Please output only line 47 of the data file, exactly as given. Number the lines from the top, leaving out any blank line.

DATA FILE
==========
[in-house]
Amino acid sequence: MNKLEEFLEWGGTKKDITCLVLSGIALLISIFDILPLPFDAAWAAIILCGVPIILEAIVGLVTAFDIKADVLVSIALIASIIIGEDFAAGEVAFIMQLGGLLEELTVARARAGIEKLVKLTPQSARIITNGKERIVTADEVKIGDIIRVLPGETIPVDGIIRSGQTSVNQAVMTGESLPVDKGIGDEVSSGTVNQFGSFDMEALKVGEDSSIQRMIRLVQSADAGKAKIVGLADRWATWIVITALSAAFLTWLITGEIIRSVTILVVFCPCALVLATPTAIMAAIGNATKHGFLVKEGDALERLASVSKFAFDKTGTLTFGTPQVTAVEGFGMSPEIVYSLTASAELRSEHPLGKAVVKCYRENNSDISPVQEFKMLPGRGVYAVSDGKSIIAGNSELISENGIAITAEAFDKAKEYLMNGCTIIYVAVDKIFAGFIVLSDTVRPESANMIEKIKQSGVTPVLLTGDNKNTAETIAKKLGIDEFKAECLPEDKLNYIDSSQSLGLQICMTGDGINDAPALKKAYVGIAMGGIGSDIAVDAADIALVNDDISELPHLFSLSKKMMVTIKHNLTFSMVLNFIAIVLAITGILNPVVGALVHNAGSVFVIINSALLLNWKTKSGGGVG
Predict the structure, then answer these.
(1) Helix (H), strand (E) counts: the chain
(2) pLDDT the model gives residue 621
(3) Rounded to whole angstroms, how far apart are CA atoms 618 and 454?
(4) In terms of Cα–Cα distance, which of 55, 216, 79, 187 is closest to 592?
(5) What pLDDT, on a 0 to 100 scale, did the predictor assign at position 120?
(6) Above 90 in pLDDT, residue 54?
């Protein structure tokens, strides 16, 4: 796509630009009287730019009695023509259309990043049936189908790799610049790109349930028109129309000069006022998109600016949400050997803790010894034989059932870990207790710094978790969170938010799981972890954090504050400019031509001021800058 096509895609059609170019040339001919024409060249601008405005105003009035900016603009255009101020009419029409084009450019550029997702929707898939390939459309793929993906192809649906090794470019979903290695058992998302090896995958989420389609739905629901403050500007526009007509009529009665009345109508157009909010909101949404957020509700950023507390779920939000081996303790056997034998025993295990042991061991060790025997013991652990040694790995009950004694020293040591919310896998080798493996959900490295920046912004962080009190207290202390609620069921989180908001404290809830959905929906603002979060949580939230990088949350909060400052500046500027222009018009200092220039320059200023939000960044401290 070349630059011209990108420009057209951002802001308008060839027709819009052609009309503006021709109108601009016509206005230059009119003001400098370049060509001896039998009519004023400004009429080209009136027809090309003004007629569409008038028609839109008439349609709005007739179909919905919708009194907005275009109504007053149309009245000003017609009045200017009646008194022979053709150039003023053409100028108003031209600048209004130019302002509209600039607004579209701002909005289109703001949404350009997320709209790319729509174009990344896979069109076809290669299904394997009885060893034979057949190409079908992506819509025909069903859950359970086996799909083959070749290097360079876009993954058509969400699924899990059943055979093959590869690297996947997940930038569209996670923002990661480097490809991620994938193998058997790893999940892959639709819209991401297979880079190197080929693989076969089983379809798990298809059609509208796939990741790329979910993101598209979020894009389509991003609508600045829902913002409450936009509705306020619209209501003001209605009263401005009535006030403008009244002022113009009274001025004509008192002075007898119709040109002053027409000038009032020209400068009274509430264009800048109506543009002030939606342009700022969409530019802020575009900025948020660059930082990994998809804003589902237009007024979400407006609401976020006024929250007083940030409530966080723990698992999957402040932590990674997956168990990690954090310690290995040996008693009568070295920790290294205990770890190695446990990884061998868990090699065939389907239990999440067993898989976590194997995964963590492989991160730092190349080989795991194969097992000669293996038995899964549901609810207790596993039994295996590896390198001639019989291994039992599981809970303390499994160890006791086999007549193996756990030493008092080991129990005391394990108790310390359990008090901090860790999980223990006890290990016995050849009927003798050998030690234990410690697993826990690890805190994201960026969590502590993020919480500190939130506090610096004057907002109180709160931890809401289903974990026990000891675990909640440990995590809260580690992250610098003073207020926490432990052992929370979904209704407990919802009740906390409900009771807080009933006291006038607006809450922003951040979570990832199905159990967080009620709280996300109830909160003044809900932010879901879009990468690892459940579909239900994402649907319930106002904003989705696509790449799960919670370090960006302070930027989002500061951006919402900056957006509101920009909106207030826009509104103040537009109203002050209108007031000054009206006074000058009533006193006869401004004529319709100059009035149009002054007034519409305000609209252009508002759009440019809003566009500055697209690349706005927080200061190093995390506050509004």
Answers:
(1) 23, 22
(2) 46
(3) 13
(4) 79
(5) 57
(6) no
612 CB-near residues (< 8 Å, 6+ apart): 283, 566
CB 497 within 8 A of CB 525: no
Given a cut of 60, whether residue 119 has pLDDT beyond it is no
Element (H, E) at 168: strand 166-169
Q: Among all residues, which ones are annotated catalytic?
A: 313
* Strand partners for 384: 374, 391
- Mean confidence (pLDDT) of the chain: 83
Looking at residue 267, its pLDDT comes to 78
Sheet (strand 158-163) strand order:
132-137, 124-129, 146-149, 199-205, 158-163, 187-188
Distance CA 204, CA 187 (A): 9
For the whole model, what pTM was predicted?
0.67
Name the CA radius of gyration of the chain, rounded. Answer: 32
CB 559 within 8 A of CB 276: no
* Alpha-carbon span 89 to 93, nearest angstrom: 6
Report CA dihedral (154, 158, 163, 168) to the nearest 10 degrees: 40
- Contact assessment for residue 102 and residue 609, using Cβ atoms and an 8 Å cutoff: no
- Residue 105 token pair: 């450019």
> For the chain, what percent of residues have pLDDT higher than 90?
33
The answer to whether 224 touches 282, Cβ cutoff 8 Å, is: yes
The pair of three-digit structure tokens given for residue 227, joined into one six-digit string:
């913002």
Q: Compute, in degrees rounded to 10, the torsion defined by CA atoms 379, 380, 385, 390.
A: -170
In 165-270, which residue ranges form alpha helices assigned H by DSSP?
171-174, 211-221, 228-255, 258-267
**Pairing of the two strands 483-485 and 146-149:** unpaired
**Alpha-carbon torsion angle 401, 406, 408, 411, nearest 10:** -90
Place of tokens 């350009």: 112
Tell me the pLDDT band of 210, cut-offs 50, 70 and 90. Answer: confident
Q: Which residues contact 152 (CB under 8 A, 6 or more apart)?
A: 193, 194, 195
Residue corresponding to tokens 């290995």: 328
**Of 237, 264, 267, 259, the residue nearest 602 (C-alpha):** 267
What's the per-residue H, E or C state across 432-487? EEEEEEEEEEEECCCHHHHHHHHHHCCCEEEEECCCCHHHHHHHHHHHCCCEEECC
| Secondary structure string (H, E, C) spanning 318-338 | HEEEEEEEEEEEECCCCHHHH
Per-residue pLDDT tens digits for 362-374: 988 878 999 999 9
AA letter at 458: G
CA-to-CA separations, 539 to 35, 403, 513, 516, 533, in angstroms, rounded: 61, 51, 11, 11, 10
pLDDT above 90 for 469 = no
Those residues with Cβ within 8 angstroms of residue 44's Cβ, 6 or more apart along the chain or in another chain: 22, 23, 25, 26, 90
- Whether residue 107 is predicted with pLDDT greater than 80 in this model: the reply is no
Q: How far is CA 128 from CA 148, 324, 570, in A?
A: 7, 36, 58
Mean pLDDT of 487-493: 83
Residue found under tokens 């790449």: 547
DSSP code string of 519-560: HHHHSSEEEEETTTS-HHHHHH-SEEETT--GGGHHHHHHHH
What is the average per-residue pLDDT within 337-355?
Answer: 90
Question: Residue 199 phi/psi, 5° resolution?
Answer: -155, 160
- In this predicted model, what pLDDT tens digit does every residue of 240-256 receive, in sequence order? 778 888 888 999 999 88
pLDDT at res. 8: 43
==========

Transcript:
**Pairing of the two strands 483-485 and 146-149:** unpaired